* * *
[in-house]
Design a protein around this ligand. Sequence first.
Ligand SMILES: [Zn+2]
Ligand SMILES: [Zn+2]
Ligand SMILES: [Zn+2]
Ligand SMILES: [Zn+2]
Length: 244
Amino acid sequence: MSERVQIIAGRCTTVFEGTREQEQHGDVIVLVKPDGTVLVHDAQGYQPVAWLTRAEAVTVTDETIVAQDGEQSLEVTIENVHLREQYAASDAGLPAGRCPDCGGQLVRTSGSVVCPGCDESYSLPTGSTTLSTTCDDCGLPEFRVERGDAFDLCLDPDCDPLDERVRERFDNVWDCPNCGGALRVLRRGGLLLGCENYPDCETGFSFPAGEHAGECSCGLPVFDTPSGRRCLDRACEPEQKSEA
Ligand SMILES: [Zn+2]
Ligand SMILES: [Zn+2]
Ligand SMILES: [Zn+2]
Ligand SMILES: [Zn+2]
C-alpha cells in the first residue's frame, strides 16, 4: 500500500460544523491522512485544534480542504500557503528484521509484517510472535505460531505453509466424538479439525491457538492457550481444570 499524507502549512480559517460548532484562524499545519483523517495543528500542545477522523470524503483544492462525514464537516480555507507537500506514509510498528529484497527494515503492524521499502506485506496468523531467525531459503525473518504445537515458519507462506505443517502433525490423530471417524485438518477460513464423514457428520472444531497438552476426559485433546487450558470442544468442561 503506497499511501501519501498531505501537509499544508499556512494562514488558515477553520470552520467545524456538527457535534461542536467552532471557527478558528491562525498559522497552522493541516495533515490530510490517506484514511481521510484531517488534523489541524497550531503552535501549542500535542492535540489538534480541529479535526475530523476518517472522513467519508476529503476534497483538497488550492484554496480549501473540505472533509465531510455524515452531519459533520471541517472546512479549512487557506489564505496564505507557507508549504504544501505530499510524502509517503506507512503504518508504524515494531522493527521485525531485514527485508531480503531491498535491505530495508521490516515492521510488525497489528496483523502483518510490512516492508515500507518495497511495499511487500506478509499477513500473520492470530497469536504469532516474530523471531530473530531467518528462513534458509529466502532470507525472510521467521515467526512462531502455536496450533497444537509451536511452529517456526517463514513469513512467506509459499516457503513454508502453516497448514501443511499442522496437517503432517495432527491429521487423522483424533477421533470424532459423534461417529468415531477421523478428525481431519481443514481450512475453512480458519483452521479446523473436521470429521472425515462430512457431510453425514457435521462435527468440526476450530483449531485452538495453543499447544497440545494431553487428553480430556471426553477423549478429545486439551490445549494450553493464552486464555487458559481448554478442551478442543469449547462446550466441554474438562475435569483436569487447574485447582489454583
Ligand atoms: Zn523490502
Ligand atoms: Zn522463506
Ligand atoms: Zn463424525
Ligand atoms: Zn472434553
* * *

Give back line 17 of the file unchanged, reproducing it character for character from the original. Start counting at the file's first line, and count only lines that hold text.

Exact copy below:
Ligand atoms: Zn472434553